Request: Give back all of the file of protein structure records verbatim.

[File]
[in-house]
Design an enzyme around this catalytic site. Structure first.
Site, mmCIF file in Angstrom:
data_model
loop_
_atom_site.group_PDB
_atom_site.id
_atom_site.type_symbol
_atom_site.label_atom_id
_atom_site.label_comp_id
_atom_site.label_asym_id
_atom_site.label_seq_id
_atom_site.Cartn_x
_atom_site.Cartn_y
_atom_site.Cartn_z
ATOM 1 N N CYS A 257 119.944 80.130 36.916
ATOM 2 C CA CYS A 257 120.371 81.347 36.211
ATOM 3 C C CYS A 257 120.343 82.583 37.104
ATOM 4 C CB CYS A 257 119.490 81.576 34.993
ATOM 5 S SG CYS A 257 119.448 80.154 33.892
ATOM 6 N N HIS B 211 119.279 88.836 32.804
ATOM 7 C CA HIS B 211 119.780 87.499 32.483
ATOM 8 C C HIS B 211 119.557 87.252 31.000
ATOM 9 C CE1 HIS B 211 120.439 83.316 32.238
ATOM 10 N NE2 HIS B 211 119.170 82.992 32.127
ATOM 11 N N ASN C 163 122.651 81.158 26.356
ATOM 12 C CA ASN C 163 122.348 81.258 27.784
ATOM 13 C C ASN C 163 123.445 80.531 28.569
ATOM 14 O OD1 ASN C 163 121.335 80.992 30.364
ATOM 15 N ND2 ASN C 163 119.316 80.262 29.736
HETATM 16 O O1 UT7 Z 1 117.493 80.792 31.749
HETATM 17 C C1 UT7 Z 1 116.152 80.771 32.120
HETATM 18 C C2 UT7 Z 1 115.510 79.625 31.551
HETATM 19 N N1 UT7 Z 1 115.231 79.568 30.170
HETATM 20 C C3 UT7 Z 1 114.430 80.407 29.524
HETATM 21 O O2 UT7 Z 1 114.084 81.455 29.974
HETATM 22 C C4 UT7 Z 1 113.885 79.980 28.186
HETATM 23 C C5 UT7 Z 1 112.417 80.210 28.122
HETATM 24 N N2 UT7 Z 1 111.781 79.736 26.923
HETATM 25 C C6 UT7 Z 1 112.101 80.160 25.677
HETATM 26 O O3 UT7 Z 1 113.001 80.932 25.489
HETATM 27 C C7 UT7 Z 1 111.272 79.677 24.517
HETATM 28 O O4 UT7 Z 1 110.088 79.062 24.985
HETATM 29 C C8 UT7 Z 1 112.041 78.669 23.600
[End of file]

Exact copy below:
[in-house]
Design an enzyme around this catalytic site. Structure first.
Site, mmCIF file in Angstrom:
data_model
loop_
_atom_site.group_PDB
_atom_site.id
_atom_site.type_symbol
_atom_site.label_atom_id
_atom_site.label_comp_id
_atom_site.label_asym_id
_atom_site.label_seq_id
_atom_site.Cartn_x
_atom_site.Cartn_y
_atom_site.Cartn_z
ATOM 1 N N CYS A 257 119.944 80.130 36.916
ATOM 2 C CA CYS A 257 120.371 81.347 36.211
ATOM 3 C C CYS A 257 120.343 82.583 37.104
ATOM 4 C CB CYS A 257 119.490 81.576 34.993
ATOM 5 S SG CYS A 257 119.448 80.154 33.892
ATOM 6 N N HIS B 211 119.279 88.836 32.804
ATOM 7 C CA HIS B 211 119.780 87.499 32.483
ATOM 8 C C HIS B 211 119.557 87.252 31.000
ATOM 9 C CE1 HIS B 211 120.439 83.316 32.238
ATOM 10 N NE2 HIS B 211 119.170 82.992 32.127
ATOM 11 N N ASN C 163 122.651 81.158 26.356
ATOM 12 C CA ASN C 163 122.348 81.258 27.784
ATOM 13 C C ASN C 163 123.445 80.531 28.569
ATOM 14 O OD1 ASN C 163 121.335 80.992 30.364
ATOM 15 N ND2 ASN C 163 119.316 80.262 29.736
HETATM 16 O O1 UT7 Z 1 117.493 80.792 31.749
HETATM 17 C C1 UT7 Z 1 116.152 80.771 32.120
HETATM 18 C C2 UT7 Z 1 115.510 79.625 31.551
HETATM 19 N N1 UT7 Z 1 115.231 79.568 30.170
HETATM 20 C C3 UT7 Z 1 114.430 80.407 29.524
HETATM 21 O O2 UT7 Z 1 114.084 81.455 29.974
HETATM 22 C C4 UT7 Z 1 113.885 79.980 28.186
HETATM 23 C C5 UT7 Z 1 112.417 80.210 28.122
HETATM 24 N N2 UT7 Z 1 111.781 79.736 26.923
HETATM 25 C C6 UT7 Z 1 112.101 80.160 25.677
HETATM 26 O O3 UT7 Z 1 113.001 80.932 25.489
HETATM 27 C C7 UT7 Z 1 111.272 79.677 24.517
HETATM 28 O O4 UT7 Z 1 110.088 79.062 24.985
HETATM 29 C C8 UT7 Z 1 112.041 78.669 23.600